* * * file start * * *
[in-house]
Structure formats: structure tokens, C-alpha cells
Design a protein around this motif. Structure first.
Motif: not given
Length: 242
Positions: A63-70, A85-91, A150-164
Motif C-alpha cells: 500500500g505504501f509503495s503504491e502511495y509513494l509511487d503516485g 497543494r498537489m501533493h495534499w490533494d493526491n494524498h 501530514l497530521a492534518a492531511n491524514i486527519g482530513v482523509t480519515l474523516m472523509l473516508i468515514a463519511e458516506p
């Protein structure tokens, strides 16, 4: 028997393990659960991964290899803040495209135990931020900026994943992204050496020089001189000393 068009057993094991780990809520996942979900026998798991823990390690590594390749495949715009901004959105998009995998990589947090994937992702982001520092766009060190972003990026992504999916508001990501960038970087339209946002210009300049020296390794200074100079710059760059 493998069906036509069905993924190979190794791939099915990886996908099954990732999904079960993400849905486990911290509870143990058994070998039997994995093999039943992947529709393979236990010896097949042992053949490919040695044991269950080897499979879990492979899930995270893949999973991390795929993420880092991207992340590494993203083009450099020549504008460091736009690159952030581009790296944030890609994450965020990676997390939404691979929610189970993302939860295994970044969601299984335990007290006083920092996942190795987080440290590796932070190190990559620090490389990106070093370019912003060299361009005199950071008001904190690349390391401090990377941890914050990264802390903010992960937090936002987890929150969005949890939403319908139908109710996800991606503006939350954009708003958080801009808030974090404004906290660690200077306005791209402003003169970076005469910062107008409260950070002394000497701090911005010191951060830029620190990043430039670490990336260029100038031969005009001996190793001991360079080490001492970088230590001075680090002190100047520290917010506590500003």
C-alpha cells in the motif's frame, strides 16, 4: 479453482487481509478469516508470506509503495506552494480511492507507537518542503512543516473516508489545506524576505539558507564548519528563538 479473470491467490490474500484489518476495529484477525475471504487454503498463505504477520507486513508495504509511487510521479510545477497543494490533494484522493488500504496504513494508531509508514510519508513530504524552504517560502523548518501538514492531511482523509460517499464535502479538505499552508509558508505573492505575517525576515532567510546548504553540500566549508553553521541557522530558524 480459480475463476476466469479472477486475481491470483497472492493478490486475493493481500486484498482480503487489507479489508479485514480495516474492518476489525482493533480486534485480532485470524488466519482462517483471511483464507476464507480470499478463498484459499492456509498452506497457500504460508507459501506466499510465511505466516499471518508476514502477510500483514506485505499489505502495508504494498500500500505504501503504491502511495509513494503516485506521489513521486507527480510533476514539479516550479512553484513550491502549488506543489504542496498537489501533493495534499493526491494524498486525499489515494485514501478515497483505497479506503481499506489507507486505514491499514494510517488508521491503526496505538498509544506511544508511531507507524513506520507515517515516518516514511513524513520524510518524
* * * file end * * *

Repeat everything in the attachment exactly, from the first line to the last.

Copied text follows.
[in-house]
Structure formats: structure tokens, C-alpha cells
Design a protein around this motif. Structure first.
Motif: not given
Length: 242
Positions: A63-70, A85-91, A150-164
Motif C-alpha cells: 500500500g505504501f509503495s503504491e502511495y509513494l509511487d503516485g 497543494r498537489m501533493h495534499w490533494d493526491n494524498h 501530514l497530521a492534518a492531511n491524514i486527519g482530513v482523509t480519515l474523516m472523509l473516508i468515514a463519511e458516506p
């Protein structure tokens, strides 16, 4: 028997393990659960991964290899803040495209135990931020900026994943992204050496020089001189000393 068009057993094991780990809520996942979900026998798991823990390690590594390749495949715009901004959105998009995998990589947090994937992702982001520092766009060190972003990026992504999916508001990501960038970087339209946002210009300049020296390794200074100079710059760059 493998069906036509069905993924190979190794791939099915990886996908099954990732999904079960993400849905486990911290509870143990058994070998039997994995093999039943992947529709393979236990010896097949042992053949490919040695044991269950080897499979879990492979899930995270893949999973991390795929993420880092991207992340590494993203083009450099020549504008460091736009690159952030581009790296944030890609994450965020990676997390939404691979929610189970993302939860295994970044969601299984335990007290006083920092996942190795987080440290590796932070190190990559620090490389990106070093370019912003060299361009005199950071008001904190690349390391401090990377941890914050990264802390903010992960937090936002987890929150969005949890939403319908139908109710996800991606503006939350954009708003958080801009808030974090404004906290660690200077306005791209402003003169970076005469910062107008409260950070002394000497701090911005010191951060830029620190990043430039670490990336260029100038031969005009001996190793001991360079080490001492970088230590001075680090002190100047520290917010506590500003």
C-alpha cells in the motif's frame, strides 16, 4: 479453482487481509478469516508470506509503495506552494480511492507507537518542503512543516473516508489545506524576505539558507564548519528563538 479473470491467490490474500484489518476495529484477525475471504487454503498463505504477520507486513508495504509511487510521479510545477497543494490533494484522493488500504496504513494508531509508514510519508513530504524552504517560502523548518501538514492531511482523509460517499464535502479538505499552508509558508505573492505575517525576515532567510546548504553540500566549508553553521541557522530558524 480459480475463476476466469479472477486475481491470483497472492493478490486475493493481500486484498482480503487489507479489508479485514480495516474492518476489525482493533480486534485480532485470524488466519482462517483471511483464507476464507480470499478463498484459499492456509498452506497457500504460508507459501506466499510465511505466516499471518508476514502477510500483514506485505499489505502495508504494498500500500505504501503504491502511495509513494503516485506521489513521486507527480510533476514539479516550479512553484513550491502549488506543489504542496498537489501533493495534499493526491494524498486525499489515494485514501478515497483505497479506503481499506489507507486505514491499514494510517488508521491503526496505538498509544506511544508511531507507524513506520507515517515516518516514511513524513520524510518524